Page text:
It was perhaps the leading catch-cry of the sector in 2022 - Creative New Zealand (CNZ) doesn’t have enough money to support those who need it.
One of the first big funding announcements of 2023 has taken that directly onboard - with CNZ getting a $22 million cash injection intended to go straight into the pockets of creative organisations and individuals.
Manatū Taonga Ministry for Culture and Heritage (MCH) has today announced that $12m will help meet increased funding pressure being experienced by CNZ. While the details of how the extra money will be distributed are yet to be confirmed, CNZ has underlined it will go toward additional support for artists, arts practitioners and arts organisations, including to top-up upcoming Arts Grants rounds.
A further $10m is going to support established arts, cultural and diversity festivals.
The new initiatives will be the final additions to the range of funds that have come from the $495m Arts and Culture COVID Recovery Programme. MCH has confirmed to The Big Idea that the remaining $17m up for grabs in the Cultural Regeneration Fund will be unaffected by this announcement.
MCH Chief Executive Leauanae Laulu Mac Leauanae states "Cabinet has approved these two initiatives to help alleviate some of the uncertainty and stress that the cultural sector has acutely experienced during the COVID-19 pandemic and cost-of-living spike.
“Although these plans were underway before the flooding in Auckland last week, I hope this news will be welcomed by the city’s creative community.
"The extra support for creatives will be administered by CNZ with the aim of alleviating some of the pressures on oversubscribed funding rounds CNZ has been facing. Funding will be rapidly delivered to the sector starting later this month.”
The news is music to the ears of under-pressure CNZ officials after a tumultuous 2022, where every funding round from the four year Toi Uru Kahikatea clients to Annual Arts Grants and the short burst funding arts grants were under overwhelming pressure.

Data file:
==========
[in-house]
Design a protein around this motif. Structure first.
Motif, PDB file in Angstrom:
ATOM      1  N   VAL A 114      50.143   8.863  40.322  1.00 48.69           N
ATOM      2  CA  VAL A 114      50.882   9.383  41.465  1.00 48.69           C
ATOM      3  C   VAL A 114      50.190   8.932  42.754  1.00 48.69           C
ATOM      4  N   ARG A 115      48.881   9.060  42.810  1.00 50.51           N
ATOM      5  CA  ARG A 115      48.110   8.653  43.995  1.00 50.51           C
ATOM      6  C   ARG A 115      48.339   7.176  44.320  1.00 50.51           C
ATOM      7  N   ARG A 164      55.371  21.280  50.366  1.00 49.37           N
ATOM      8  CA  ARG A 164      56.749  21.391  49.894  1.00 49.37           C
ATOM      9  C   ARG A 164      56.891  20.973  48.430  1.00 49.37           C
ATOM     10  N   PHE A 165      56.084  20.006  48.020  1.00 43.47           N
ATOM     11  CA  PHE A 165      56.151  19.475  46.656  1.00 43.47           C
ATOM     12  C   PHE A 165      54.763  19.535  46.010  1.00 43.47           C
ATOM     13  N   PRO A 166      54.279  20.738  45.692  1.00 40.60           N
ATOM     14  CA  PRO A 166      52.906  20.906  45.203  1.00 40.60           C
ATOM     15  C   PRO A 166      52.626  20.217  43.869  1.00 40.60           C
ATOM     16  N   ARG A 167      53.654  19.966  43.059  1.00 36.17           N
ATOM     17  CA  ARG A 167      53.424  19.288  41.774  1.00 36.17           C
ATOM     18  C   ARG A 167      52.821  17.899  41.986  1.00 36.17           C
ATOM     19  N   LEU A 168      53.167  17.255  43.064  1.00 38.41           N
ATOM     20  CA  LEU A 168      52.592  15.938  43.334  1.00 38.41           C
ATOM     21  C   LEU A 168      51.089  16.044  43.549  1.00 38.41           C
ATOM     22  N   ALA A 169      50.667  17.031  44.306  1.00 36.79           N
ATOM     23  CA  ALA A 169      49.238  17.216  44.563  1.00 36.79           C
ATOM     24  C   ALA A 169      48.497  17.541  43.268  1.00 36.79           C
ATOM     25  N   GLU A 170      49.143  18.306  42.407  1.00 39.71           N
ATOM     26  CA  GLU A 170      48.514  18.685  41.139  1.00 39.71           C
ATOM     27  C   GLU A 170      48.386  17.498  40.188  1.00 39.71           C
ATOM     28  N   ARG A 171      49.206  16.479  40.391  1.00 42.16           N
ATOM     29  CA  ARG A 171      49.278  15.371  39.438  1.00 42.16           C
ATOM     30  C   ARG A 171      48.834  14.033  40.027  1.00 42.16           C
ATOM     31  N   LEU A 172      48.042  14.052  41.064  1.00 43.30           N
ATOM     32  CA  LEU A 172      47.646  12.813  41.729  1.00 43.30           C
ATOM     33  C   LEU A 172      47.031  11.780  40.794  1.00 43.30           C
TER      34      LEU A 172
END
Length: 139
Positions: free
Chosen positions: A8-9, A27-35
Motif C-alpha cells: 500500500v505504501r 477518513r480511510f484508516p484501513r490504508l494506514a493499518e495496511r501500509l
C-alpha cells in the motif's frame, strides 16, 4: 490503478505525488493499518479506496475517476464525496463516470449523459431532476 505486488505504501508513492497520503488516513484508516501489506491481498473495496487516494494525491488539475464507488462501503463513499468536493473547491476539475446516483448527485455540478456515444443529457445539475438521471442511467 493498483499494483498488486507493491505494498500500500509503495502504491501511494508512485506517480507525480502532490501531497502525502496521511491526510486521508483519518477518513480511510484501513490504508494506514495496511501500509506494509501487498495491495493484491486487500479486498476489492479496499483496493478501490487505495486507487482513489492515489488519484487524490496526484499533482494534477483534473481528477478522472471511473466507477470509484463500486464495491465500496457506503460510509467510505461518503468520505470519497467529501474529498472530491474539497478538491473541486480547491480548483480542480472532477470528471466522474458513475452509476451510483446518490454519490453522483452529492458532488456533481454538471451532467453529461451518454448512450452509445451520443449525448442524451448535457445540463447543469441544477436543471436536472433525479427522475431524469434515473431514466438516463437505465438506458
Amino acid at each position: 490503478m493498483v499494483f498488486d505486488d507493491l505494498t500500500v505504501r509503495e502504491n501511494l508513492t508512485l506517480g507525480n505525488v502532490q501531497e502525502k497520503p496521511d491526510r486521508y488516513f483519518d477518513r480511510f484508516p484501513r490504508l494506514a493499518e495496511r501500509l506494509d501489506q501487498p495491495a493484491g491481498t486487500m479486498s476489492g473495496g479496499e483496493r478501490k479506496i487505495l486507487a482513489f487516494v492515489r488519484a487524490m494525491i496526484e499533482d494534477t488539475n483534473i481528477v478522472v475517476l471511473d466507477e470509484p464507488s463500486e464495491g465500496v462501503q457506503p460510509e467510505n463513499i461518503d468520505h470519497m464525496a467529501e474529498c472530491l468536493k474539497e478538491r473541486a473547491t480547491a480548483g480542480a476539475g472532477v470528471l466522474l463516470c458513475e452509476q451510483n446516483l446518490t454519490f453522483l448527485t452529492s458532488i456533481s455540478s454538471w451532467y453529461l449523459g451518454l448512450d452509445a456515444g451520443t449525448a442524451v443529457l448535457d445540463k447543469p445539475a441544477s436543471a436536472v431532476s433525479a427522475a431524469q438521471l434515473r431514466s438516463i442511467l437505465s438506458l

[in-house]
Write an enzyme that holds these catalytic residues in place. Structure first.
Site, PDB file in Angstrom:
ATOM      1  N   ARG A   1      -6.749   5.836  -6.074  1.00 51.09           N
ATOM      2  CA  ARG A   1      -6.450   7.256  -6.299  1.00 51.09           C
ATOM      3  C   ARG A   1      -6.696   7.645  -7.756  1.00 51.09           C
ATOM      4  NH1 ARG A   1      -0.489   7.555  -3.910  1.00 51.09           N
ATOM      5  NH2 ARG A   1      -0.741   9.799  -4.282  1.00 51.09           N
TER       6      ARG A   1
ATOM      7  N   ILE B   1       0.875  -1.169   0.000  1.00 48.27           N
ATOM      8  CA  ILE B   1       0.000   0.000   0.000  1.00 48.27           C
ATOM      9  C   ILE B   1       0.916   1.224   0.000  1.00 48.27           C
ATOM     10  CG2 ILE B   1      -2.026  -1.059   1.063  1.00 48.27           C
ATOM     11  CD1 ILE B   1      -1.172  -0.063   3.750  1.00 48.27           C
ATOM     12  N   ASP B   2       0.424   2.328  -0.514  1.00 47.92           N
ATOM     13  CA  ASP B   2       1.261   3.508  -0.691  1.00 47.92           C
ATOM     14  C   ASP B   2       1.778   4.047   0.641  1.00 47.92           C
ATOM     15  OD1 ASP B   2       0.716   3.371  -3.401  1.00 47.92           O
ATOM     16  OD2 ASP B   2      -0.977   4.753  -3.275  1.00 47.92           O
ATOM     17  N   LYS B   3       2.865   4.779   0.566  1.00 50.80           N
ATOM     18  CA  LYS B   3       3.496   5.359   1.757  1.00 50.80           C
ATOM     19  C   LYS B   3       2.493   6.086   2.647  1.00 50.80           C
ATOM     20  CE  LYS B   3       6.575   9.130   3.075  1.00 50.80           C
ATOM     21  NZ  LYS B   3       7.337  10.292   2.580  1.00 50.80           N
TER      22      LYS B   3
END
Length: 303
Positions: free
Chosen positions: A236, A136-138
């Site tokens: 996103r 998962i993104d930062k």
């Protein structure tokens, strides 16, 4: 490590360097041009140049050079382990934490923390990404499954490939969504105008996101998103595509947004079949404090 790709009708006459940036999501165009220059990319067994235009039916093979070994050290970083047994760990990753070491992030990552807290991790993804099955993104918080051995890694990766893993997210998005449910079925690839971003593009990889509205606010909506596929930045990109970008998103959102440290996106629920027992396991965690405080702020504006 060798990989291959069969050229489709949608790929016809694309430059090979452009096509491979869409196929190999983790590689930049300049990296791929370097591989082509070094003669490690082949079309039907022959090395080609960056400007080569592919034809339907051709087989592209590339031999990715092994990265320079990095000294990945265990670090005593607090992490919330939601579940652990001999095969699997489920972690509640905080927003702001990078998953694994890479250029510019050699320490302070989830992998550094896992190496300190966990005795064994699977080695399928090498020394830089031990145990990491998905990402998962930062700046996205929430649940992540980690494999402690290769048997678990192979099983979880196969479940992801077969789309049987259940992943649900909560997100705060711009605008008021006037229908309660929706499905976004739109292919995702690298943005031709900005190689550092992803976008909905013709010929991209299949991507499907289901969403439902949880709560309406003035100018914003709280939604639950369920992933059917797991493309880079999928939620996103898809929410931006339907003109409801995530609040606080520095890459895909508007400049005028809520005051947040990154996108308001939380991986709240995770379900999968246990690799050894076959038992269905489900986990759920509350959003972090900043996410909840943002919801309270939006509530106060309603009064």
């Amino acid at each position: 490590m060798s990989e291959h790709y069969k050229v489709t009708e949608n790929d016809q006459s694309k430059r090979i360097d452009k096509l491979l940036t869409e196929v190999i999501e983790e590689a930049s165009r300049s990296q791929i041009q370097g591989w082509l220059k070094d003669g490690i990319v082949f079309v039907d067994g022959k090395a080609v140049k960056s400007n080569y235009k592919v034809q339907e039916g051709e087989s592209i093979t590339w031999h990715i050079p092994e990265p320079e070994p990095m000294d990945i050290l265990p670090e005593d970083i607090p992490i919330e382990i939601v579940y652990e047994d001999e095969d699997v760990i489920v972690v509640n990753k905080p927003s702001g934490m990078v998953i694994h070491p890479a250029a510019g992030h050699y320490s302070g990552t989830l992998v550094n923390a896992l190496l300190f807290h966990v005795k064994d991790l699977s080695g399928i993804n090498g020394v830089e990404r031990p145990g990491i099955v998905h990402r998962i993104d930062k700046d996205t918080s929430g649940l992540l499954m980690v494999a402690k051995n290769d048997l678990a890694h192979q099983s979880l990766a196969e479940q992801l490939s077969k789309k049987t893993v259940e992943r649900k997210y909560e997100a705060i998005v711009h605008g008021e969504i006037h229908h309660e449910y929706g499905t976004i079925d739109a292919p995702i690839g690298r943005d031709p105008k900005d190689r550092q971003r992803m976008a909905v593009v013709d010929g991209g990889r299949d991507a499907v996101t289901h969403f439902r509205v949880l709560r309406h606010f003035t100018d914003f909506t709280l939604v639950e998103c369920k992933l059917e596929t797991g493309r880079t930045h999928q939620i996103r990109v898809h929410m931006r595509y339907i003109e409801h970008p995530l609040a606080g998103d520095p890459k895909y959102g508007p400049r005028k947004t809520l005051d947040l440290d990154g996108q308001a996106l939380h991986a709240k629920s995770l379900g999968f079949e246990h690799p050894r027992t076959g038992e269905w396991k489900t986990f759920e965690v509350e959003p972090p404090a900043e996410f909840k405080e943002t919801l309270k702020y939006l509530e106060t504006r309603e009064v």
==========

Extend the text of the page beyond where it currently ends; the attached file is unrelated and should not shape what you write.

Record numbers of applicants - and subsequently more unsuccessful ones - put the organisation in the firing line of many heated discussions.
Chair of the Arts Council Caren Rangi says “we’re incredibly grateful to the Government for reprioritising this funding to CNZ. It will be an enormous help to the arts sector who continue to feel the ramifications of COVID.
“The benefits of this extra money will extend so much further than to the artists and festivals who receive this funding,” Rangi continues. “The creative sector is crucially important to the economy and has a profound effect on the wider wellbeing of our communities. Arts events like festivals bring our towns and cities to life. They give us all an opportunity to come together, connect and be inspired.”
CNZ Chief Executive Stephen Wainwright explains “we know that the COVID emergency funding made available to the arts sector helped it to survive, but we also know that more support is needed to help the sector to thrive.
“This money will make a tangible difference to many in the arts community, and we’re pleased the Government has heard the call from the sector and ourselves to help alleviate some of the current pressures.
“With the recent flooding in Tāmaki, Northland and beyond, this funding boost comes at a critical time for those arts communities in particular.”
In a statement, CNZ has stated that after the recent “unprecedented demand for funding from the arts sector, the organisation is considering how best to channel the additional Government investment, to help relieve some of the pressure the arts community is experiencing over the coming year.”
The additional $10m is described as supporting “established festivals that celebrate the life experiences, stories, cultures and regional identities of New Zealanders, and that continue to be impacted by the effects of COVID.”
When explaining the Festival support - again to be administered by CNZ - Leauanae says "While many festivals have survived the pandemic, we know the long tail of COVID-19 has resulted in wide-spread cancellations and postponements.
“The new funding will give confidence to festival organisers to plan and host festivals in 2023."
Joe Fowler, MCH Deputy Chief Executive adds "the new arts, cultural and diversity festivals funding will continue to support the live events community as the Arts and Culture Event Support Scheme (ACESS) comes to a close. It is fitting that ACESS funding set aside to underwrite many, many hundreds of arts and culture events throughout the last year is now enabling us to support the resurgence of festivals.
"ACESS paid out more than $30m to events affected by COVID-19, giving event organisers the confidence to plan and deliver some incredible events, and ensuring that thousands of artists, subcontractors, and crew got paid if their events were disrupted by COVID-19.
"We’re now focused in Manatū Taonga on completing the final rounds of the Cultural Sector Regeneration Fund, investing in projects that will have a lasting benefit for the arts, culture and heritage sector. I am excited to see what initiatives will be successful in our remaining two rounds of funding."